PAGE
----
Fanconi Anemia

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Fanconi Anemia Facts

Fanconi anemia (FA) is a very rare, inherited blood disorder that stops the bone marrow from making enough new blood cells. This bone marrow failure disease can lead to anemia (not enough red blood cells) or aplastic anemia (not enough red blood cells, white blood cells, or platelets). It also causes the bone marrow to make abnormal blood cells, which can lead to serious health problems such as a blood cancer called leukemia.

Because the FA gene defect occurs in all cells—not just blood cells—this disease can also affect many of your body's organs, tissues, and systems. For example, children who inherit FA are at higher risk of birth defects, growth problems, hearing loss, and abnormal hearts and gastrointestinal tracts. They are also at risk for solid (non-blood) cancers and other serious health problems.

FA is a complex, life-long, and multi-system disease. Many demands are placed on the patients, families, friends, and providers who are dealing with this serious genetic disorder. The Fanconi Anemia Center can help you learn more about the disease, provide you with genetic and family counseling, and offer you lifelong support with comprehensive care, specialized treatments, and advanced research.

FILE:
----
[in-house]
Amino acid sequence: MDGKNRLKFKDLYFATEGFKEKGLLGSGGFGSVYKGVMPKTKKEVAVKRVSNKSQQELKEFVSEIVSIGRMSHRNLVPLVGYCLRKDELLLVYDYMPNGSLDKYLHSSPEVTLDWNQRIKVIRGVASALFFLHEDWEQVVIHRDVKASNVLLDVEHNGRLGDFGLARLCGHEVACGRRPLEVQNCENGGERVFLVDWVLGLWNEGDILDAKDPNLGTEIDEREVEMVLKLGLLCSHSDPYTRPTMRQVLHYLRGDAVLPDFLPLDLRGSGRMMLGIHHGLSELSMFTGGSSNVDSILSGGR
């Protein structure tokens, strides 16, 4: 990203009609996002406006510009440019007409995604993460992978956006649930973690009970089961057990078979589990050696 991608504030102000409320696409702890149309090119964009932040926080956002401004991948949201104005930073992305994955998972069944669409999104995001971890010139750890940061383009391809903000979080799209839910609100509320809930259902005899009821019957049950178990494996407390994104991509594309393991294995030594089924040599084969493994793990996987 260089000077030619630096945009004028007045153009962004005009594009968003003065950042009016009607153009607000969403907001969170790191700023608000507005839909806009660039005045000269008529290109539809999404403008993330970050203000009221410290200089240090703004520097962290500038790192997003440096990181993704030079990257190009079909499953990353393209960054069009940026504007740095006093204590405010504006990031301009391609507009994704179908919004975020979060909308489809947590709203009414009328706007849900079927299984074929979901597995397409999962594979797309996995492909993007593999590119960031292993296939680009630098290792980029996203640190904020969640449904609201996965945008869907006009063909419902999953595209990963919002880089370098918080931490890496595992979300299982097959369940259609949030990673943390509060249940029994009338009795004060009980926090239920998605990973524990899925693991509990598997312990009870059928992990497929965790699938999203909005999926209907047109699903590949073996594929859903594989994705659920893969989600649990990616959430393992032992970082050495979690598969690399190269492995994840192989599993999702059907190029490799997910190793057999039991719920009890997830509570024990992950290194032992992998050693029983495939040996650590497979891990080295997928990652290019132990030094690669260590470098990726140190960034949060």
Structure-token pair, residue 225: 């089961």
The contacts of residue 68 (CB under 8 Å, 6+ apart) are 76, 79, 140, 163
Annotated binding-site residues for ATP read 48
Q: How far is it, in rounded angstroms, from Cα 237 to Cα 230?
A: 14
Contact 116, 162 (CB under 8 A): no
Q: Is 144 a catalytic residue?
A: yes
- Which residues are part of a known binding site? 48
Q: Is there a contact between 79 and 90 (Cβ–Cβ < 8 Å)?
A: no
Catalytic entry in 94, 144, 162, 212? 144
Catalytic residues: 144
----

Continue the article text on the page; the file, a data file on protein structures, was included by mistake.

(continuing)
Symptoms & Diagnosis

Fanconi anemia is usually diagnosed in children before they are 12 years old, although a diagnosis in adults is also possible. Learn about the symptoms and how the disease is diagnosed in this section.

Newly Diagnosed

A Fanconi anemia diagnosis is always a shock. Learn all you can about the disease. The most important decision you'll make is where to get care.

Genetics

FA is inherited. People develop FA disease when they have two copies of the same FA gene.

What's New?

Fanconi anemia is a rare disease, but new studies and treatments are being discovered. Read this section to learn more.